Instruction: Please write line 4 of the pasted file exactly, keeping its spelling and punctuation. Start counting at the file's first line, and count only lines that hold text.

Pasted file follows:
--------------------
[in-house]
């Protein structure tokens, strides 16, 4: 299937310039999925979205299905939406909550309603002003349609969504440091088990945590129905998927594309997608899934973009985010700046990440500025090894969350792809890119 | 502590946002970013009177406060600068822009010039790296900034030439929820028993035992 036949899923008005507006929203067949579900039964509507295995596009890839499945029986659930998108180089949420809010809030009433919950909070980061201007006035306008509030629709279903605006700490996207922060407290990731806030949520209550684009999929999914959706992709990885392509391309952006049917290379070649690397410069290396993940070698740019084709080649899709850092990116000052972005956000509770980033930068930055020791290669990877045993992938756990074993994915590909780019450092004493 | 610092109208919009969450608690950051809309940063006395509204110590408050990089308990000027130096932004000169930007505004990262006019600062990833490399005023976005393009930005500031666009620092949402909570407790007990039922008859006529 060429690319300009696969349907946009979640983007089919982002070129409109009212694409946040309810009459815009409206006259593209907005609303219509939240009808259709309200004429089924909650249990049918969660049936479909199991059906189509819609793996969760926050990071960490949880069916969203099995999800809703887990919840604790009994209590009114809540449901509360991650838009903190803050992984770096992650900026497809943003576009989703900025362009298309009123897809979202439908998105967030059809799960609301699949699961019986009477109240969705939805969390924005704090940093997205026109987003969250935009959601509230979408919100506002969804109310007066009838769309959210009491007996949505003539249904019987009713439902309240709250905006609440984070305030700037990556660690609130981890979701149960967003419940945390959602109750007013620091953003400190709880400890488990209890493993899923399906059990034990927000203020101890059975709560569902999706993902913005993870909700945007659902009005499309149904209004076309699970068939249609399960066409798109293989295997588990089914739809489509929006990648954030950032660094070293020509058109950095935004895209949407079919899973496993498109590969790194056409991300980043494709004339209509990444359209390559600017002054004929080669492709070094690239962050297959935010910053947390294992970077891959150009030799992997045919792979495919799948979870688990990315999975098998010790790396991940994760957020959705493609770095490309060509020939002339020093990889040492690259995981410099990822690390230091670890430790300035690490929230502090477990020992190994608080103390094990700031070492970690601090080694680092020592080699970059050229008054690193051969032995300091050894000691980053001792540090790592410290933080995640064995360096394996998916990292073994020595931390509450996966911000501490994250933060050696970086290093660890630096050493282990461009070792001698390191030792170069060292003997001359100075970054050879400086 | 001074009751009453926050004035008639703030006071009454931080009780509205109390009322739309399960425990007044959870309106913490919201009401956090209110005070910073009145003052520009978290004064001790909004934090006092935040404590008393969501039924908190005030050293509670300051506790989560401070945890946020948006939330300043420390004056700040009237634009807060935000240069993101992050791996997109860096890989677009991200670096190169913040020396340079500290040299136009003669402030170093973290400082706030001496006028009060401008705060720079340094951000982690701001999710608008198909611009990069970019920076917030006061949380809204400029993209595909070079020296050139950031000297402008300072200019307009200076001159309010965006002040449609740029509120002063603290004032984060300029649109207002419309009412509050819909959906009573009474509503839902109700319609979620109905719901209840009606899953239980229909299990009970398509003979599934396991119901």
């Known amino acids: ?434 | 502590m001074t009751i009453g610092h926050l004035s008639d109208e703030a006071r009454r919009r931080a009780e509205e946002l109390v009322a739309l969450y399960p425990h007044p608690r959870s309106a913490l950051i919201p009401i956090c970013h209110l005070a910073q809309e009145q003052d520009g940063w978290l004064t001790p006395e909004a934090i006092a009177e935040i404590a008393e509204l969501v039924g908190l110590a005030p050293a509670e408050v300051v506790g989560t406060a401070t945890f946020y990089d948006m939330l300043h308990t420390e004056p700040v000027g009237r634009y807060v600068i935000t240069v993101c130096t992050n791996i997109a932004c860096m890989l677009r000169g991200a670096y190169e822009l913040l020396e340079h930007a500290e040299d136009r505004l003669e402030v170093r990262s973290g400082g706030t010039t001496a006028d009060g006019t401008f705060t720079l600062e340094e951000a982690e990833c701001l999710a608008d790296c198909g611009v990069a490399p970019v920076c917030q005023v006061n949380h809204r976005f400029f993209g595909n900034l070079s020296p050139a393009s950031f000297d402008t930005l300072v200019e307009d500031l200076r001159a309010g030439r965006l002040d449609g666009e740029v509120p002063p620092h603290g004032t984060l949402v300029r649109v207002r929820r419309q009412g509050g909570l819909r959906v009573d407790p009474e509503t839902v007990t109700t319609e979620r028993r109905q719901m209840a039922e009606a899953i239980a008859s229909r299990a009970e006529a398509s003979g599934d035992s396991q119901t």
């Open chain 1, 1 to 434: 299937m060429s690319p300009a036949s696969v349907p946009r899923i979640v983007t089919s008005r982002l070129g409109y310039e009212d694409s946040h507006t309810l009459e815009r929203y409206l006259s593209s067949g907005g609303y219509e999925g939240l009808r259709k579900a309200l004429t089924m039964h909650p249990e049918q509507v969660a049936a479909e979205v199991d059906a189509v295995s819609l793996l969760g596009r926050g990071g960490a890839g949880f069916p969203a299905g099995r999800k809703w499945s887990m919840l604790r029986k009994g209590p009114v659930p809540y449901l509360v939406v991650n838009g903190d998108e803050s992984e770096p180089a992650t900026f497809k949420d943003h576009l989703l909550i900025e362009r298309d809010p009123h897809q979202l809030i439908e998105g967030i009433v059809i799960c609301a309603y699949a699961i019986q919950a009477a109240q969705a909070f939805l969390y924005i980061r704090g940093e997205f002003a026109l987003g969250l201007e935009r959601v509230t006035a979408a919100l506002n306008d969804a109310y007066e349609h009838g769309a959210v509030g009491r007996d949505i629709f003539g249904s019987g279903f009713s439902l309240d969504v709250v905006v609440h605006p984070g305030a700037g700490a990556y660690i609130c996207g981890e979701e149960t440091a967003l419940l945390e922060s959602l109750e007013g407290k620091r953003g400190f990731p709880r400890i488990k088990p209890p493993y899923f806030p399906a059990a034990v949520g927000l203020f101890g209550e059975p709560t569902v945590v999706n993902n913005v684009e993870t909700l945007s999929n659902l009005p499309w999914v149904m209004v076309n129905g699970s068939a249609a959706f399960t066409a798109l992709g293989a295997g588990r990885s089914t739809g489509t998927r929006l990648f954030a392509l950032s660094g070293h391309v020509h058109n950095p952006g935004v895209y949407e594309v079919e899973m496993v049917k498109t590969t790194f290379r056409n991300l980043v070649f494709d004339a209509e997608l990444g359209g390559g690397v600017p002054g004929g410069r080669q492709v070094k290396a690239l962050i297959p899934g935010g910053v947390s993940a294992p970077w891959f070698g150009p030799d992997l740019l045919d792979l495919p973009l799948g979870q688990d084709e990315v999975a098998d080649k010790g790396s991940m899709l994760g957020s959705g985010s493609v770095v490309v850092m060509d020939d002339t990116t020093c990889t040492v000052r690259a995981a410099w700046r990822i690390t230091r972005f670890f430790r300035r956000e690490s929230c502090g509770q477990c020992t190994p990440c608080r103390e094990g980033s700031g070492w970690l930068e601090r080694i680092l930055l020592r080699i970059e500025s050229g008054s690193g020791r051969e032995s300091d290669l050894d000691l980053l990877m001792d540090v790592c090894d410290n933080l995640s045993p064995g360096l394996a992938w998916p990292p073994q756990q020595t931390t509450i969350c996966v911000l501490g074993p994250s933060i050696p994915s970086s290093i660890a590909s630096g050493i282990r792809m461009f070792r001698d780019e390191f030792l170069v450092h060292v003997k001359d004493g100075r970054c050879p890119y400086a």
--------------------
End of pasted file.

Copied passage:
């Open chain 1, 1 to 434: 299937m060429s690319p300009a036949s696969v349907p946009r899923i979640v983007t089919s008005r982002l070129g409109y310039e009212d694409s946040h507006t309810l009459e815009r929203y409206l006259s593209s067949g907005g609303y219509e999925g939240l009808r259709k579900a309200l004429t089924m039964h909650p249990e049918q509507v969660a049936a479909e979205v199991d059906a189509v295995s819609l793996l969760g596009r926050g990071g960490a890839g949880f069916p969203a299905g099995r999800k809703w499945s887990m919840l604790r029986k009994g209590p009114v659930p809540y449901l509360v939406v991650n838009g903190d998108e803050s992984e770096p180089a992650t900026f497809k949420d943003h576009l989703l909550i900025e362009r298309d809010p009123h897809q979202l809030i439908e998105g967030i009433v059809i799960c609301a309603y699949a699961i019986q919950a009477a109240q969705a909070f939805l969390y924005i980061r704090g940093e997205f002003a026109l987003g969250l201007e935009r959601v509230t006035a979408a919100l506002n306008d969804a109310y007066e349609h009838g769309a959210v509030g009491r007996d949505i629709f003539g249904s019987g279903f009713s439902l309240d969504v709250v905006v609440h605006p984070g305030a700037g700490a990556y660690i609130c996207g981890e979701e149960t440091a967003l419940l945390e922060s959602l109750e007013g407290k620091r953003g400190f990731p709880r400890i488990k088990p209890p493993y899923f806030p399906a059990a034990v949520g927000l203020f101890g209550e059975p709560t569902v945590v999706n993902n913005v684009e993870t909700l945007s999929n659902l009005p499309w999914v149904m209004v076309n129905g699970s068939a249609a959706f399960t066409a798109l992709g293989a295997g588990r990885s089914t739809g489509t998927r929006l990648f954030a392509l950032s660094g070293h391309v020509h058109n950095p952006g935004v895209y949407e594309v079919e899973m496993v049917k498109t590969t790194f290379r056409n991300l980043v070649f494709d004339a209509e997608l990444g359209g390559g690397v600017p002054g004929g410069r080669q492709v070094k290396a690239l962050i297959p899934g935010g910053v947390s993940a294992p970077w891959f070698g150009p030799d992997l740019l045919d792979l495919p973009l799948g979870q688990d084709e990315v999975a098998d080649k010790g790396s991940m899709l994760g957020s959705g985010s493609v770095v490309v850092m060509d020939d002339t990116t020093c990889t040492v000052r690259a995981a410099w700046r990822i690390t230091r972005f670890f430790r300035r956000e690490s929230c502090g509770q477990c020992t190994p990440c608080r103390e094990g980033s700031g070492w970690l930068e601090r080694i680092l930055l020592r080699i970059e500025s050229g008054s690193g020791r051969e032995s300091d290669l050894d000691l980053l990877m001792d540090v790592c090894d410290n933080l995640s045993p064995g360096l394996a992938w998916p990292p073994q756990q020595t931390t509450i969350c996966v911000l501490g074993p994250s933060i050696p994915s970086s290093i660890a590909s630096g050493i282990r792809m461009f070792r001698d780019e390191f030792l170069v450092h060292v003997k001359d004493g100075r970054c050879p890119y400086a």